Supply Chain Management: Lessons Not Learned
Nikki and I are buried in the data from this year’s Supply Chain Execution Benchmark. Early analysis tells us that speed, inventory accuracy and inventory visibility are consuming retailers’ thought processes. There is also a distinct recognition that our supply chains are just not nimble or fast enough. Problem is, especially in the soft goods industry, this is far from new news.
Our supply chains were built for mass, not for speed. Despite exhortations to change spanning two decades, we continue to bring in merchandise by the ton and then mark it down to make room for more tonnage.
Consider this: In 2001, the Demand Activated Manufacturing Architecture Project (DAMA) completed a seven year project funded by the Department of Energy (DOE) through the American Textile Partnership (AMTEX). This project concluded that it was possible for the soft goods industry to improve consumer responsiveness while STILL reducing by 50% the time merchandise sits in the supply chain pipeline. Where did we go wrong?
I first heard about the DAMA project when I became an analyst in 2002. The goal of the project was a demand-driven supply chain (their term, by the way). I never saw the actual report until today, and I strongly recommend giving it a read. Still, the idea made complete sense to me: more frequent, smaller shipments, or what DAMA called the “Quick Response Apparel Business Model.” It also advocated production or assembly closer to the point of demand in the U.S., specifically in Mexico.
The theory was that the internet (ironically pictured as a cloud) would enable far faster communication and responsiveness from fabric manufacture through product ideation through delivery. A key tenet was more frequent deliveries of smaller loads of product and collaboration across the value chain to make that speed and nimbleness a reality. I got really juiced!
The goal was to reduce 6 weeks of inventory to 2.5 weeks’ worth without sacrificing service levels. All kinds of acronyms can be found in the abstract: work with VICS, the AAFA (American Apparel and Footwear Association) and ATMI (American Textile Manufacturing Institute) to nurture the model, and use CPFR and CTM (Collaborative Transportation Management) to improve forecast and delivery speeds. I was so juiced that I spent several years as an AAFA member, and met some really good people along the way. I eventually left the group, but that’s another story for another day.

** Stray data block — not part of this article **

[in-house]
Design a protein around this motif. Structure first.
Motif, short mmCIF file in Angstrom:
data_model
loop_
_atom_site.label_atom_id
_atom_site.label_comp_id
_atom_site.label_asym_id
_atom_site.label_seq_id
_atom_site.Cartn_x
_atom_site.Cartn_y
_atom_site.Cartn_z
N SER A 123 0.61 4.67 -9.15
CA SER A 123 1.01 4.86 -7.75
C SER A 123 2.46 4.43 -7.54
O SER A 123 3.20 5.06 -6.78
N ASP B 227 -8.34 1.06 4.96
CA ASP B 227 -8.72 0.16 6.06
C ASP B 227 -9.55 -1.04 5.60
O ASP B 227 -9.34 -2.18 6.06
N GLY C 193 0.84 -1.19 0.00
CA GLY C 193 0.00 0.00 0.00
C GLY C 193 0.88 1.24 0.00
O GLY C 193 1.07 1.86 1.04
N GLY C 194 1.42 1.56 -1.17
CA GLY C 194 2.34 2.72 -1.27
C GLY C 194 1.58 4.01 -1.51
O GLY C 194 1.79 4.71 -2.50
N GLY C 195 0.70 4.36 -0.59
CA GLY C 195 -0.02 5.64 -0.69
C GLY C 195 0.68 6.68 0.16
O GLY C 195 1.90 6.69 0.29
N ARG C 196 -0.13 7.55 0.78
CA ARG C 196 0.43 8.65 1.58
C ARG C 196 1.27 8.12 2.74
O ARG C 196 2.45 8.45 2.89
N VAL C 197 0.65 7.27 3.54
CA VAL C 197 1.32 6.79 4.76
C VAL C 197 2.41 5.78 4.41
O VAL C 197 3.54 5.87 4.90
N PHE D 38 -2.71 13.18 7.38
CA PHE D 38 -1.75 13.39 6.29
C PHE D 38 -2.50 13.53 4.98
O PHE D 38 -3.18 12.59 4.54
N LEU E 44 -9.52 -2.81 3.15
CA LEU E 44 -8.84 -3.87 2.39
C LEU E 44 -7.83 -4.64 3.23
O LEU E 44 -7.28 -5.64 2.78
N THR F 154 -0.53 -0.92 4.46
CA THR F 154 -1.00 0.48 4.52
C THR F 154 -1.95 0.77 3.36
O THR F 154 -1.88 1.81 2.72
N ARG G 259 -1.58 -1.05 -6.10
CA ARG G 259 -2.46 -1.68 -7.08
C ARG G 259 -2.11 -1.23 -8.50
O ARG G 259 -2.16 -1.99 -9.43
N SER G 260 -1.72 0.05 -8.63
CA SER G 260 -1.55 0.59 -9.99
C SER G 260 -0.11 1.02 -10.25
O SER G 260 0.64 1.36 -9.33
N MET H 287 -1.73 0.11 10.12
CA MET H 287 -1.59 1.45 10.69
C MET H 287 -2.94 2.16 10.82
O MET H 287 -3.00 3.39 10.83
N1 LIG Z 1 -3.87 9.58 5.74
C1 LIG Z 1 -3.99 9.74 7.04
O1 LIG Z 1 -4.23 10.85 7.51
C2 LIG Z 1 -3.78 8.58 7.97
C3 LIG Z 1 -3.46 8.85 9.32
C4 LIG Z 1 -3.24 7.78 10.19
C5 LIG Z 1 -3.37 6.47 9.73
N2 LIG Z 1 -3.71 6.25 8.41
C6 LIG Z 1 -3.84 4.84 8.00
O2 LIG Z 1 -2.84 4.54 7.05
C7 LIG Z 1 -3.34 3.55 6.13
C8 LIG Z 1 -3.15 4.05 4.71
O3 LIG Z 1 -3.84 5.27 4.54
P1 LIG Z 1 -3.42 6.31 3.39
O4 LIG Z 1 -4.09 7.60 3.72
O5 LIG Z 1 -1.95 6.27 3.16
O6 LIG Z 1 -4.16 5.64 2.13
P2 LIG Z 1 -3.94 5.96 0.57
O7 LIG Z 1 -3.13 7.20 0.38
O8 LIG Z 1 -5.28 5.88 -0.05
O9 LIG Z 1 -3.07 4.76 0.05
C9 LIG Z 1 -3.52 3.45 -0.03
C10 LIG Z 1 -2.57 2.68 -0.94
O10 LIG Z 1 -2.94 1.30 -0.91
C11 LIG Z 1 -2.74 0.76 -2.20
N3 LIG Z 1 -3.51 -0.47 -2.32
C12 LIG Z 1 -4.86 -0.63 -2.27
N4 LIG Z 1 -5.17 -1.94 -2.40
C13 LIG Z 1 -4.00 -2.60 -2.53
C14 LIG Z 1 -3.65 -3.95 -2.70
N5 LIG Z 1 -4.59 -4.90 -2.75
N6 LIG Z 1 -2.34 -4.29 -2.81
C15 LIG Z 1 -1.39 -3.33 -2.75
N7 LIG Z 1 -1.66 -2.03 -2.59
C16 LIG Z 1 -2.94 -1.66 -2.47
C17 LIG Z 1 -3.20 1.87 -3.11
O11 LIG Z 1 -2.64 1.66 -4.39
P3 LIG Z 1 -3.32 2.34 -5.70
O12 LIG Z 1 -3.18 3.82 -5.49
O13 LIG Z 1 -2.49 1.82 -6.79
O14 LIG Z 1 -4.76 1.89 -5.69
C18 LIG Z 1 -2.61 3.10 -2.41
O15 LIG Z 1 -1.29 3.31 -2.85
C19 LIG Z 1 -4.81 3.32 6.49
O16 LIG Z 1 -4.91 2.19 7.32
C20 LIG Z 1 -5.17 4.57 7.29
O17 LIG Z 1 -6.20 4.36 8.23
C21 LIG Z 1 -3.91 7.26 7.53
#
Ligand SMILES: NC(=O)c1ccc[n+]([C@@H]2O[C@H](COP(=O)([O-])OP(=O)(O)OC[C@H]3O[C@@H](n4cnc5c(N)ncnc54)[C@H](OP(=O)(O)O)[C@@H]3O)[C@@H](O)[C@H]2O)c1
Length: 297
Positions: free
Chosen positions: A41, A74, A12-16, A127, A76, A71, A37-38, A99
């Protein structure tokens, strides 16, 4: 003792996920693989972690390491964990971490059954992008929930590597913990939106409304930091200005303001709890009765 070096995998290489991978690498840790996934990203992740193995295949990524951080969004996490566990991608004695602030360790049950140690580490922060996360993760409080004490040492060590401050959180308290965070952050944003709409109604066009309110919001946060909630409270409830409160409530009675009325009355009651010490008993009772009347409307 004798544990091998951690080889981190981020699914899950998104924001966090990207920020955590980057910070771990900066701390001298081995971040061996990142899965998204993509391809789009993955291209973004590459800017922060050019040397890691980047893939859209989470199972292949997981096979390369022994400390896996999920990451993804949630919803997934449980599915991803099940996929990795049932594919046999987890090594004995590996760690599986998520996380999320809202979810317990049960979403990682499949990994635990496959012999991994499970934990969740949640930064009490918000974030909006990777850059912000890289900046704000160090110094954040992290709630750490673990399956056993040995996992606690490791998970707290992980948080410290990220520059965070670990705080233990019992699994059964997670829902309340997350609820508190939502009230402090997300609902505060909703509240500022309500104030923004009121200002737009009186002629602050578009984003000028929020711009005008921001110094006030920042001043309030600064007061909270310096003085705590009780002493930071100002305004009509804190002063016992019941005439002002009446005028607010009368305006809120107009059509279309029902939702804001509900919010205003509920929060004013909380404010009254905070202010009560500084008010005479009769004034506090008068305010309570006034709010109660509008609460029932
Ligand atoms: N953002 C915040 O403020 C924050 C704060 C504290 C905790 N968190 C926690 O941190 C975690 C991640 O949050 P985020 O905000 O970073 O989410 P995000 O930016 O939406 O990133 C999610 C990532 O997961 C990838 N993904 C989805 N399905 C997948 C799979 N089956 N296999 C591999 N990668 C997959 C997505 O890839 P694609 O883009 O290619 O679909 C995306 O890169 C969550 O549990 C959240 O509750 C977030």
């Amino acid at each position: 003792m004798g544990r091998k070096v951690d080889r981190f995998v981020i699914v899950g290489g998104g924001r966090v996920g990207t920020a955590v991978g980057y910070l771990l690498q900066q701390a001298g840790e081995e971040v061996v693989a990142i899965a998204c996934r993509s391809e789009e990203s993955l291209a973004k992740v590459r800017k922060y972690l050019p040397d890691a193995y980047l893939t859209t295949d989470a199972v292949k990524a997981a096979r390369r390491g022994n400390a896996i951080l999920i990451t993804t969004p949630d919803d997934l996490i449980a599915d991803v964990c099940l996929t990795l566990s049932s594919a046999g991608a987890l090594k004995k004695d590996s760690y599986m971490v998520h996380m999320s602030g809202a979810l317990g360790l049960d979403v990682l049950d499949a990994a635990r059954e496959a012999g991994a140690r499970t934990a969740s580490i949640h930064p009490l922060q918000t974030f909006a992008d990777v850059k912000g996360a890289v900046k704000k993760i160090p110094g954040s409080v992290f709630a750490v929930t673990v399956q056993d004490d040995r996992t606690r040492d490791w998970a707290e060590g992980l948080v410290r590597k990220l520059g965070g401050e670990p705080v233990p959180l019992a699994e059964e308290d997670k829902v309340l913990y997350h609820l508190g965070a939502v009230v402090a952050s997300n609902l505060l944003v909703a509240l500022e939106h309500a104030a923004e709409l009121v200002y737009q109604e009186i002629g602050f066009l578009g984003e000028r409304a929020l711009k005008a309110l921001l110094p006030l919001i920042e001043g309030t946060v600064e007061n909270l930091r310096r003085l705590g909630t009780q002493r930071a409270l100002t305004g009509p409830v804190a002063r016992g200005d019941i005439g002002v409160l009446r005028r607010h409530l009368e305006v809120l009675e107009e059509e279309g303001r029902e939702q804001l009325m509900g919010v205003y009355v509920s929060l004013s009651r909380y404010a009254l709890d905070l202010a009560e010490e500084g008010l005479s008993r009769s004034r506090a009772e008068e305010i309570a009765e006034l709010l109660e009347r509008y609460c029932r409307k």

Has that inventory reduction happened? Is Mexico a key part of our supply chains? Well, if you ask one of the presidential candidates, Mexico has taken all our business, but if you look at the labels in your clothes, you know with the exception of jeans, they’re mostly made in China and Vietnam. The end of apparel quotas in 2005 escalated this trend to go to the lowest cost sourcing countries out there. And full containers are less expensive than partial ones.
Apparently, the only folks who actually read the report or acted on it were fast fashion companies like Inditex (Zara), H&M and Forever 21. I’ve been hearing about Zara forever, but it has really only been the past couple of years that Fast Fashion has started decimating the fashion industry.
This begs the question I started with. What went wrong? Well some of the problem is caused by what I call “the tyranny of turn.” It’s a quirk of math. Turn is based on sales divided by average inventory. Theoretically, bringing product in at the beginning of the month gives the merchant the longest possible time to sell it, even if the aisles are choked with merchandise that consumers can’t quite ferret through. And if a merchant is compensated based on inventory turn, it’s in his best interest to do so anyway.
The remainder of the problem is based on two concepts, 1) “This is how we’ve always done it” and b) “we buy for mass; we don’t buy for precision.” Unfortunately, the days of mass retailing have been traded in for much more personal retailing. That doesn’t mean the retailers are small. It means they make the experience feel more personal. Millennials (the current key buyers), prefer curated assortments geared to their tastes, and fresh product more frequently. They also generally prefer “experiences over things.” In other words, it’s a world made for Fast Fashion.
I suppose we can wait them out. I read my first report on Generation Z, the next generation up this past weekend, and they apparently prefer things over experiences. Of course, given that the oldest Generation Z person is roughly 16 years old, it’ll take a while for this to cycle round again, and we may have far fewer stores by then than we do now…but who knows? There may be some retail survivors saying “I knew it!”
Bottom line? Beyond my recommendation that you read our fresh, new Supply Chain Execution report that’s coming out in November, I want to also recommend that you read this “tired, old” DAMA report. We haven’t got that part done yet, and if we do, many of the problems retailers identified in the new survey may be solved by “this old thing.”
It really is time to change. For real.